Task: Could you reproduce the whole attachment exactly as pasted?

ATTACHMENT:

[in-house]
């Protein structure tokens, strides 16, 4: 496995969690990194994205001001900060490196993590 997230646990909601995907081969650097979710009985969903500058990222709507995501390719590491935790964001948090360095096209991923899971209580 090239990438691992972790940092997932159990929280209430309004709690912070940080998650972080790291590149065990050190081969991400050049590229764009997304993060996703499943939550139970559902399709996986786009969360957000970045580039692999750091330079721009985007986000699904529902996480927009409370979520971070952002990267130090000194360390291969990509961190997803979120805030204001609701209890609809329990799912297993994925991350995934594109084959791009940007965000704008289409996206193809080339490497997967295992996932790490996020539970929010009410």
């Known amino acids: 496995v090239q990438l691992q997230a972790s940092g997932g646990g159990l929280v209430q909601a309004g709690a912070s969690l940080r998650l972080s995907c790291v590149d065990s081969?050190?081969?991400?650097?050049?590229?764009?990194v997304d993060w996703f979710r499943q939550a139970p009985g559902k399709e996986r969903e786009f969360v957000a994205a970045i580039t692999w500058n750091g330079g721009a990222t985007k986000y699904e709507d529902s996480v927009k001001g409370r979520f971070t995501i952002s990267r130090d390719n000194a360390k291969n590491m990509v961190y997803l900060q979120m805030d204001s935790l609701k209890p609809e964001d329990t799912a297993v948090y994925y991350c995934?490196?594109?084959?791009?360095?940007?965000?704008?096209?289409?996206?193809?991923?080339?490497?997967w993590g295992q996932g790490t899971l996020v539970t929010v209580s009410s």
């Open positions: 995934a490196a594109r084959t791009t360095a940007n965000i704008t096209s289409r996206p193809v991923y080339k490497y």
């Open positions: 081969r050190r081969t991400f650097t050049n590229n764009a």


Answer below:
[in-house]
């Protein structure tokens, strides 16, 4: 496995969690990194994205001001900060490196993590 997230646990909601995907081969650097979710009985969903500058990222709507995501390719590491935790964001948090360095096209991923899971209580 090239990438691992972790940092997932159990929280209430309004709690912070940080998650972080790291590149065990050190081969991400050049590229764009997304993060996703499943939550139970559902399709996986786009969360957000970045580039692999750091330079721009985007986000699904529902996480927009409370979520971070952002990267130090000194360390291969990509961190997803979120805030204001609701209890609809329990799912297993994925991350995934594109084959791009940007965000704008289409996206193809080339490497997967295992996932790490996020539970929010009410």
């Known amino acids: 496995v090239q990438l691992q997230a972790s940092g997932g646990g159990l929280v209430q909601a309004g709690a912070s969690l940080r998650l972080s995907c790291v590149d065990s081969?050190?081969?991400?650097?050049?590229?764009?990194v997304d993060w996703f979710r499943q939550a139970p009985g559902k399709e996986r969903e786009f969360v957000a994205a970045i580039t692999w500058n750091g330079g721009a990222t985007k986000y699904e709507d529902s996480v927009k001001g409370r979520f971070t995501i952002s990267r130090d390719n000194a360390k291969n590491m990509v961190y997803l900060q979120m805030d204001s935790l609701k209890p609809e964001d329990t799912a297993v948090y994925y991350c995934?490196?594109?084959?791009?360095?940007?965000?704008?096209?289409?996206?193809?991923?080339?490497?997967w993590g295992q996932g790490t899971l996020v539970t929010v209580s009410s």
């Open positions: 995934a490196a594109r084959t791009t360095a940007n965000i704008t096209s289409r996206p193809v991923y080339k490497y």
């Open positions: 081969r050190r081969t991400f650097t050049n590229n764009a």